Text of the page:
Morocco: Germany’s Diplomatic Double Standard on Self-determination Exposed

Morocco’s decision to suspend all contacts with the German Embassy and its institutions came as a surprise to the public and the German officials.

 

While the Moroccan Foreign Ministry, inexplicably, declined to give a detailed explanation for its decision, analysts have suggested that Berlin’s unfriendly attitude towards Moroccan positions on matters of national security are to blame for this crisis.

 

Notwithstanding Rabat’s right to reduce relations with any country it chooses, this pronouncement would have been more effective and compelling if Morocco’s Foreign Minister gave the motives and purposes behind his action.

 

Meanwhile, Germany’s recent inimical actions in the Western Sahara conflict and its decision to exclude Morocco from the Berlin Conference on Libya remain two “obvious” explanations, among others.

 

Indeed, Germany’s call for a United Nations Security Council meeting to discuss the United States decision to recognize Morocco’s sovereignty over the disputed Western Sahara was excessive, biased, and insulting.

 

Invoking the UNSC to debate a unilateral diplomatic decision by a sovereign state was unusual for German diplomats who have ignored similar behaviors when nations that are more influential are involved.

 

Clearly, the German government has singled out Morocco while it has tolerated the same behavior form “bigger” countries like China, India and Spain. Rabat is not asking Berlin to change its positions on the question of “self-determination’ in Tibet, Kashmir or Catalonia but rather extend the same courtesies to Morocco on the Western Sahara.

 

The Germans seem to hide behind their diplomatic “caution and realism” when dealing with some conflicts and turn to moral standards when addressing others. The German Federal government with its two major parties, the Christian Democratic Union (CDU) and The Social Democratic Party (SPD), must decide if they support the rights to “self-determination’ to all or they do not.

 

Berlin’s aggressive stand in support of the Western Sahara pales in comparison to its meek backing of Catalan nationalism.

 

In fact, the decision for the European Parliament to remove the parliamentary immunity of three nationalist Catalan MEPs wanted by Spain over the 2017 independence vote is another example of Europe’s duplicity.

 

In a shameful act, more than 400 European Parliamentarians voted in a secret ballot at night to send three MEPS to face extradition and jail for executing the Catalan people’s rights to self-determination.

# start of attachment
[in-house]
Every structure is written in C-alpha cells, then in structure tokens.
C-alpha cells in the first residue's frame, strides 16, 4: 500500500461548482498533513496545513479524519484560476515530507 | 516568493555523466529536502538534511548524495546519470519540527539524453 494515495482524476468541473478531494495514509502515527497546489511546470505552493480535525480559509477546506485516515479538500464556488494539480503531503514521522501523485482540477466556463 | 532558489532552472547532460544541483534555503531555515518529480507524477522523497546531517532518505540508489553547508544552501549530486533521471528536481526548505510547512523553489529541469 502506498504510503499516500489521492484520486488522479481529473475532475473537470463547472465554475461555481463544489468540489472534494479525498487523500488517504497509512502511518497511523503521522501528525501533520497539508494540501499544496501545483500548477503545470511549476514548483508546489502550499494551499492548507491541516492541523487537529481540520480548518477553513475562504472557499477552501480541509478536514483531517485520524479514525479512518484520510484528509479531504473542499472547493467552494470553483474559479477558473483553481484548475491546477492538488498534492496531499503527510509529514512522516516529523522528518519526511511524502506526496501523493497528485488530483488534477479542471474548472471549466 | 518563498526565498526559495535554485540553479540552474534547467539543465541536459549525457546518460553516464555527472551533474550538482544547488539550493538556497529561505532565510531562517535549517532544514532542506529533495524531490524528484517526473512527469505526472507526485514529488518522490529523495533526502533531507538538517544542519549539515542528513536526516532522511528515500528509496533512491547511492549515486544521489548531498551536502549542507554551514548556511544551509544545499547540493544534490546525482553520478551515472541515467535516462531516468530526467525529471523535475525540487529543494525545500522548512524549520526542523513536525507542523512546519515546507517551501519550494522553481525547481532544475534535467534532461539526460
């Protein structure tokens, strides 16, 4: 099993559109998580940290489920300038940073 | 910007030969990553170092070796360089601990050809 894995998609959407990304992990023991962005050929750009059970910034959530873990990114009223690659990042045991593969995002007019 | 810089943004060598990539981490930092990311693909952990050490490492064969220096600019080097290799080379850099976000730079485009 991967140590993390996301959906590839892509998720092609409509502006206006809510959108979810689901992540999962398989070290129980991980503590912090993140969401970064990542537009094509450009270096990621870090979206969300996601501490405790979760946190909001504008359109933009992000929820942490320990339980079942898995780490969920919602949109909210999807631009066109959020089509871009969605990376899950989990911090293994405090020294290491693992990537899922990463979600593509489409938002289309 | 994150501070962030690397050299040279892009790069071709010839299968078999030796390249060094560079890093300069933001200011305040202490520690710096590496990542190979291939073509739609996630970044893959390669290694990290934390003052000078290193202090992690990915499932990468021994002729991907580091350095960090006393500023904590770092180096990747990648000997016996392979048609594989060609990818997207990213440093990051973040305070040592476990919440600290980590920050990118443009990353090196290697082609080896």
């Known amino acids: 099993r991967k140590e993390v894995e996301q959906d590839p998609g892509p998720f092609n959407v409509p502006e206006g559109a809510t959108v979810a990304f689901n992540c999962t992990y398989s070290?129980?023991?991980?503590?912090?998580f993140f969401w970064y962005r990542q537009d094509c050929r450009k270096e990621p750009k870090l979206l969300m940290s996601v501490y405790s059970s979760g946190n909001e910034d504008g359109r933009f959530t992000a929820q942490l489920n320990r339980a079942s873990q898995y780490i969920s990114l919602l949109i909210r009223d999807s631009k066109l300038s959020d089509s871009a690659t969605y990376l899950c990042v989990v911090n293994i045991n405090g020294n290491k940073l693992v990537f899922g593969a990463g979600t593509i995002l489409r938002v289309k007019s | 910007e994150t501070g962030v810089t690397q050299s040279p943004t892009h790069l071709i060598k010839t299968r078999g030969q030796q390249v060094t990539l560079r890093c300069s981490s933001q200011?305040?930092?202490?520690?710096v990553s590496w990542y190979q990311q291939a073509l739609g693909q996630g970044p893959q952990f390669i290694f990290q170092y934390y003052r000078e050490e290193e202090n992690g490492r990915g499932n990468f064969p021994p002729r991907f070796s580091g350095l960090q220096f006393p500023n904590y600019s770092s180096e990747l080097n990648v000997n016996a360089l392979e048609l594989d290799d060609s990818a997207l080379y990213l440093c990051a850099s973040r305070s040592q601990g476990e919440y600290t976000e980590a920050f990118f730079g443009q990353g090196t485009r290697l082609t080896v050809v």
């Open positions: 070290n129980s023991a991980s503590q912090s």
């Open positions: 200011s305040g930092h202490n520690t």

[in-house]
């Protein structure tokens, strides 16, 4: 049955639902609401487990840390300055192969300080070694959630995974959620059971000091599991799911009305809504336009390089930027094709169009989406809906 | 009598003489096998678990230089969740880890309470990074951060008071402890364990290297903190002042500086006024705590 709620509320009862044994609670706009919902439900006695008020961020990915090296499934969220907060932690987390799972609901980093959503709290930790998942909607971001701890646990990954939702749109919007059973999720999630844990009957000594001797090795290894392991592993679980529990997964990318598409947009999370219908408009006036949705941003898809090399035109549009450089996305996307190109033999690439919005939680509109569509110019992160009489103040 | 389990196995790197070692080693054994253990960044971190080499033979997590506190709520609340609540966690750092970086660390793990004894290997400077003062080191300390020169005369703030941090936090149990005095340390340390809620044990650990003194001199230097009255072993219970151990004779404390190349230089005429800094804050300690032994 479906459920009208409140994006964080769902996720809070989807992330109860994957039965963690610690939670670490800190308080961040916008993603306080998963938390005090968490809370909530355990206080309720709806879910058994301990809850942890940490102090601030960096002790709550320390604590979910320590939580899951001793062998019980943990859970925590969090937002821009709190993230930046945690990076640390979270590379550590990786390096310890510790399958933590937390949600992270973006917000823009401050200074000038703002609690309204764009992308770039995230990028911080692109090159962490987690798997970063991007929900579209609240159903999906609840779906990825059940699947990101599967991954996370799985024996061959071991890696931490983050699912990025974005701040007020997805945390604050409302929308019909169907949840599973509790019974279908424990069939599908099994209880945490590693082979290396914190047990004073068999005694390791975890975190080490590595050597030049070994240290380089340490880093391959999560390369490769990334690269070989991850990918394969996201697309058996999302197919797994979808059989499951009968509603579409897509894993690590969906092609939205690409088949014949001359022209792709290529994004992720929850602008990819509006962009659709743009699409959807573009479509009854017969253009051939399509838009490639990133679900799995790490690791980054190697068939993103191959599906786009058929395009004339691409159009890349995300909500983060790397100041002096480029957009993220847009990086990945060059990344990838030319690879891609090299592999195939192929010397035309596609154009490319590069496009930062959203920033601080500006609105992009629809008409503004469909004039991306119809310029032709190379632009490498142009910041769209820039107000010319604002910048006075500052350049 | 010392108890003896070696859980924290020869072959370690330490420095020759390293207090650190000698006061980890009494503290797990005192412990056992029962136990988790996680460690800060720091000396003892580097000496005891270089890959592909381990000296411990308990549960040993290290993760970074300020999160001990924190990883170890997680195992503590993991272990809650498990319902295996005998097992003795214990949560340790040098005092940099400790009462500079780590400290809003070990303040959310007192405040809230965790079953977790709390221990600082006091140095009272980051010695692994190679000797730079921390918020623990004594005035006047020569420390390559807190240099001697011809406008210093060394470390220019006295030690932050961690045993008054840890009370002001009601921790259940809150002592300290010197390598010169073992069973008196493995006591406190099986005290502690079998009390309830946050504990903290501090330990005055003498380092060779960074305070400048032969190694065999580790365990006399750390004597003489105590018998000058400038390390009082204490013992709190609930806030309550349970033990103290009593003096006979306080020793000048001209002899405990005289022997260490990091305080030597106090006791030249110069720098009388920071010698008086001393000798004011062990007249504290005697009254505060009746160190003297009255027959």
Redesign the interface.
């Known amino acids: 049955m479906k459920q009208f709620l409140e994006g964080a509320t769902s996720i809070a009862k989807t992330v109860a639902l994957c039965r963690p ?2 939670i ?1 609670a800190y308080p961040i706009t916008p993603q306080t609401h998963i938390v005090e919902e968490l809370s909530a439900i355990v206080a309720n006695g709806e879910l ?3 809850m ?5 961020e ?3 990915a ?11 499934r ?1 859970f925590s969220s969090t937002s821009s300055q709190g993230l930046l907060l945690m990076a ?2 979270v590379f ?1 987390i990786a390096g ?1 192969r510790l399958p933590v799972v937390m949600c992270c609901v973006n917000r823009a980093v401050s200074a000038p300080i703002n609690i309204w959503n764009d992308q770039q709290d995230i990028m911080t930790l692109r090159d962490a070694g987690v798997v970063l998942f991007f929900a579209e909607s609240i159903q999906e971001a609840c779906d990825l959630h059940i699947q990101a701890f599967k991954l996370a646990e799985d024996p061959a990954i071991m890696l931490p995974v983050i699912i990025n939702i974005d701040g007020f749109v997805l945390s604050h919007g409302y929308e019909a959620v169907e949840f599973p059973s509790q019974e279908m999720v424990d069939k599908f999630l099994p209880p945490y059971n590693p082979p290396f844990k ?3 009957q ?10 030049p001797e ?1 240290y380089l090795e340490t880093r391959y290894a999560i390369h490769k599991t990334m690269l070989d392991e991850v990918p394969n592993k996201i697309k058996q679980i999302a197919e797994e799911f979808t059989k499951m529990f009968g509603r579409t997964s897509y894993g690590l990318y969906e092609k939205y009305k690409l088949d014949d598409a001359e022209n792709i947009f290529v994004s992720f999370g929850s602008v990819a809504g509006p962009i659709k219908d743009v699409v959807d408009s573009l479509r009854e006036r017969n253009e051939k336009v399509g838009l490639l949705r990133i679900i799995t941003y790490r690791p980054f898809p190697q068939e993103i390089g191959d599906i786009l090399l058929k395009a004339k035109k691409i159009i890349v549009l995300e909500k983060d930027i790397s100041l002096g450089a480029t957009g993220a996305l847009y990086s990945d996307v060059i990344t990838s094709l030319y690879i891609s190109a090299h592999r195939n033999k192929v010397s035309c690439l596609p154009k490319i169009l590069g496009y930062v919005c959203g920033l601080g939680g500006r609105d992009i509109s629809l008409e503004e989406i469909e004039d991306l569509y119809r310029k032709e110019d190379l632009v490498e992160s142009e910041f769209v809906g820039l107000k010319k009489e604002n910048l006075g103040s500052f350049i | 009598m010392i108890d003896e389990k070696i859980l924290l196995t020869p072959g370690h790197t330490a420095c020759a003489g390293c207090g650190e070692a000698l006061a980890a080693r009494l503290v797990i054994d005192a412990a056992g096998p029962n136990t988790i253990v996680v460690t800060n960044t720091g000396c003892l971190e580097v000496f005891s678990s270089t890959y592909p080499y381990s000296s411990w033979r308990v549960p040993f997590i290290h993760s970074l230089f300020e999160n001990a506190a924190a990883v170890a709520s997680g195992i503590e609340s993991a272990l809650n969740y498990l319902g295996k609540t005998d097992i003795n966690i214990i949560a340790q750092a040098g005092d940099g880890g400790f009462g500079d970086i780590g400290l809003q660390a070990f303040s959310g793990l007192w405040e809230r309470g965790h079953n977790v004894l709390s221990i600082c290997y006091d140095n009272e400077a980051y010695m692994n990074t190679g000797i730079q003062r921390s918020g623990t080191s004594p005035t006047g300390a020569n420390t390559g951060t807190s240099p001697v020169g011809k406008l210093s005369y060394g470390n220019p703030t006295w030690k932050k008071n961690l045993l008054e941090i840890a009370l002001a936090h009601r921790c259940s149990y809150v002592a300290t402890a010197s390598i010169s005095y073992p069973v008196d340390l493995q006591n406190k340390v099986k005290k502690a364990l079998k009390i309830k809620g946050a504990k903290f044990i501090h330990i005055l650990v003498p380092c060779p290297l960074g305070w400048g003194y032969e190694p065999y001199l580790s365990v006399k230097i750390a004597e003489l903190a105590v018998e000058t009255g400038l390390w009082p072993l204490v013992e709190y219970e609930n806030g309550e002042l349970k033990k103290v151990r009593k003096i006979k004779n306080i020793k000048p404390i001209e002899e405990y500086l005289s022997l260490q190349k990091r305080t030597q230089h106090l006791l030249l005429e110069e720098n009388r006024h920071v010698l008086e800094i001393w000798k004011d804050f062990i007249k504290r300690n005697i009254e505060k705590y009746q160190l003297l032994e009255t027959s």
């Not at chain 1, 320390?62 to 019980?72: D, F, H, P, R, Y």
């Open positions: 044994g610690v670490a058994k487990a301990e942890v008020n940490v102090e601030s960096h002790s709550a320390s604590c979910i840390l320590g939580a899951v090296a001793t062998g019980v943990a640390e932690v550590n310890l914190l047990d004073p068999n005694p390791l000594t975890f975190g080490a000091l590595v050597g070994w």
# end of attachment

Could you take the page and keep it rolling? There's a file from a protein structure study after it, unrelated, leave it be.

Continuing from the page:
It would be interesting and helpful to know how the CDU and SPD MEPs voted on this motion that amounts to political persecution. Proponents of the rights to self-determination and the Catalan people have the right to question the moral stands of the 400 MEPs who voted to send their three comrades to Spanish jails.

 

Germany along with some other EU members are obviously hypocrite since they refuse to question the sovereignty and territorial integrity of their Western partners but give moral lessons on self-determination and regional autonomy to countries like Morocco who they deem lesser.

 

Moroccans would like to ask Chancellor Merkel (CDU) and Foreign Minister Maas (SPD) for the reasoning behind their government decision to challenge the American move to support Moroccan territorial integrity while they shun the Catalan’s quest for a homeland in the name of Spanish territorial unity. It is hard to dispute that the German position on the Western Sahara is nothing but a case of diplomatic double standard.

 

The silence of European leaders in the face of the clear human rights violation in Spain is a failure of the moral authority of the European Union. Nowadays, pro-independence Western Saharan activists have more freedoms in Morocco than Catalan nationalists do in some parts of Europe.

 

When Germany unconditionally supports Spain’s claim over Catalonia but takes Morocco to the United Nations over its claim on the Western Sahara, it shows favoritism and ambivalence over the concept of self-determination.

 

On the Libyan dossier, Berlin’s decision to exclude Morocco was bad diplomacy and showed a lack of understanding of the principle of effective mediation. German diplomats did not do their homework and insisted on inviting irrelevant players to their photo-op summit.

 

The Berlin Conference on Libya was ill-prepared, poorly managed and decidedly futile. The German foreign office showed a level of amateurism and naivete in holding a gathering without the parties who have a responsibility and a stake on the ground.

 

As the Germans stumbled, Morocco took the lead in negotiating an end to the fighting. According to the UN, Rabat has the best chance of success in ending the Libyan stalemate. After all, Moroccan diplomats in the Skhirat and Tangier meetings on Libya have shown the Germans how to successfully negotiate a thorny conflict.

 

While this Moroccan-German disagreement is not a serious diplomatic standoff, it is a chance to reset relations between the two nations based on mutual respect and understanding. Moroccans have great admiration for Germany and value the help and assistance the Federal government has extended to Morocco and the Moroccan civil society. However, this cooperation should not come at the expense of Moroccan pride and dignity.

 

The European Union cannot treat Morocco as a passive spectator at the mercy of their member’s largesse. The Kingdom may not be critical to German interests, but it offers great services to Europe’s security, stability. It also understands, and values Brussels welfare. In exchange for collaboration, Rabat is not asking for special treatment but rather equal treatment.

 

By Hassan Masiky -

 

Hassan Masiky was born in Kenitra, Morocco, and is based in Washington as a blogger and freelance writer

 

 

11/03/2021